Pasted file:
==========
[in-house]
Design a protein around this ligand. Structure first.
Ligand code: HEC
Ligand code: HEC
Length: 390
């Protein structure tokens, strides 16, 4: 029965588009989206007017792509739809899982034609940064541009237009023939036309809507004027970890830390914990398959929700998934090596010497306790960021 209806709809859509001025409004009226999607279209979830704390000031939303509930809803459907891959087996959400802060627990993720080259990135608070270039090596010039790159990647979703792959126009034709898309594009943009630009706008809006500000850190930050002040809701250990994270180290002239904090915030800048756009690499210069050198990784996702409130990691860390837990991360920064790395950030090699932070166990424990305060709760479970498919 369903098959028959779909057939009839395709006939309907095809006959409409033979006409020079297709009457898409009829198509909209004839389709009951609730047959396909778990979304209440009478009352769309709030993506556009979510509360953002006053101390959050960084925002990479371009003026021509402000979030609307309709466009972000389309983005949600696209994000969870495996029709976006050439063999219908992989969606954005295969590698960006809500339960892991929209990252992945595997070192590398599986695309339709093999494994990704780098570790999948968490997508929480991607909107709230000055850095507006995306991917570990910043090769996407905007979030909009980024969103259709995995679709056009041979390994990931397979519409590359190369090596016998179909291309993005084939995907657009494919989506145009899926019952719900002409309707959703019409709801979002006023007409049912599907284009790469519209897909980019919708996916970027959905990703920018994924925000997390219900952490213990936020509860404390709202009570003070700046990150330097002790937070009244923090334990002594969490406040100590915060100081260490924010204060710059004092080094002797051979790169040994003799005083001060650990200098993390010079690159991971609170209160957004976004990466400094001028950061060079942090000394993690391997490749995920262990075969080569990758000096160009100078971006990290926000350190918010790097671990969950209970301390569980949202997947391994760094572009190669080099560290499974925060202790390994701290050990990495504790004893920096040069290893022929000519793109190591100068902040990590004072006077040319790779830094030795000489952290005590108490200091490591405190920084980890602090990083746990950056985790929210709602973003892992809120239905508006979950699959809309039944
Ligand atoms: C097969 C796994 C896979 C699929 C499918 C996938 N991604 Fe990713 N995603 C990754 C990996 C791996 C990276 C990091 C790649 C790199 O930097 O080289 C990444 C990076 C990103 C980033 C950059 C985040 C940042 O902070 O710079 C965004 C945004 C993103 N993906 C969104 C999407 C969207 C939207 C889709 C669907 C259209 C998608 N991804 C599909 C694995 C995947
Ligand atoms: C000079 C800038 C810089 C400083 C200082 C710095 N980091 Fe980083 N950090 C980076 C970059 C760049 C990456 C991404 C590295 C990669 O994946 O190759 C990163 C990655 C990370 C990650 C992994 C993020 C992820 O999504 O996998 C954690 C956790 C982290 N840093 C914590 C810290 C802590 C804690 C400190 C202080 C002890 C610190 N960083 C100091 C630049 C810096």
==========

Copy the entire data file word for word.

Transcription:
[in-house]
Design a protein around this ligand. Structure first.
Ligand code: HEC
Ligand code: HEC
Length: 390
């Protein structure tokens, strides 16, 4: 029965588009989206007017792509739809899982034609940064541009237009023939036309809507004027970890830390914990398959929700998934090596010497306790960021 209806709809859509001025409004009226999607279209979830704390000031939303509930809803459907891959087996959400802060627990993720080259990135608070270039090596010039790159990647979703792959126009034709898309594009943009630009706008809006500000850190930050002040809701250990994270180290002239904090915030800048756009690499210069050198990784996702409130990691860390837990991360920064790395950030090699932070166990424990305060709760479970498919 369903098959028959779909057939009839395709006939309907095809006959409409033979006409020079297709009457898409009829198509909209004839389709009951609730047959396909778990979304209440009478009352769309709030993506556009979510509360953002006053101390959050960084925002990479371009003026021509402000979030609307309709466009972000389309983005949600696209994000969870495996029709976006050439063999219908992989969606954005295969590698960006809500339960892991929209990252992945595997070192590398599986695309339709093999494994990704780098570790999948968490997508929480991607909107709230000055850095507006995306991917570990910043090769996407905007979030909009980024969103259709995995679709056009041979390994990931397979519409590359190369090596016998179909291309993005084939995907657009494919989506145009899926019952719900002409309707959703019409709801979002006023007409049912599907284009790469519209897909980019919708996916970027959905990703920018994924925000997390219900952490213990936020509860404390709202009570003070700046990150330097002790937070009244923090334990002594969490406040100590915060100081260490924010204060710059004092080094002797051979790169040994003799005083001060650990200098993390010079690159991971609170209160957004976004990466400094001028950061060079942090000394993690391997490749995920262990075969080569990758000096160009100078971006990290926000350190918010790097671990969950209970301390569980949202997947391994760094572009190669080099560290499974925060202790390994701290050990990495504790004893920096040069290893022929000519793109190591100068902040990590004072006077040319790779830094030795000489952290005590108490200091490591405190920084980890602090990083746990950056985790929210709602973003892992809120239905508006979950699959809309039944
Ligand atoms: C097969 C796994 C896979 C699929 C499918 C996938 N991604 Fe990713 N995603 C990754 C990996 C791996 C990276 C990091 C790649 C790199 O930097 O080289 C990444 C990076 C990103 C980033 C950059 C985040 C940042 O902070 O710079 C965004 C945004 C993103 N993906 C969104 C999407 C969207 C939207 C889709 C669907 C259209 C998608 N991804 C599909 C694995 C995947
Ligand atoms: C000079 C800038 C810089 C400083 C200082 C710095 N980091 Fe980083 N950090 C980076 C970059 C760049 C990456 C991404 C590295 C990669 O994946 O190759 C990163 C990655 C990370 C990650 C992994 C993020 C992820 O999504 O996998 C954690 C956790 C982290 N840093 C914590 C810290 C802590 C804690 C400190 C202080 C002890 C610190 N960083 C100091 C630049 C810096």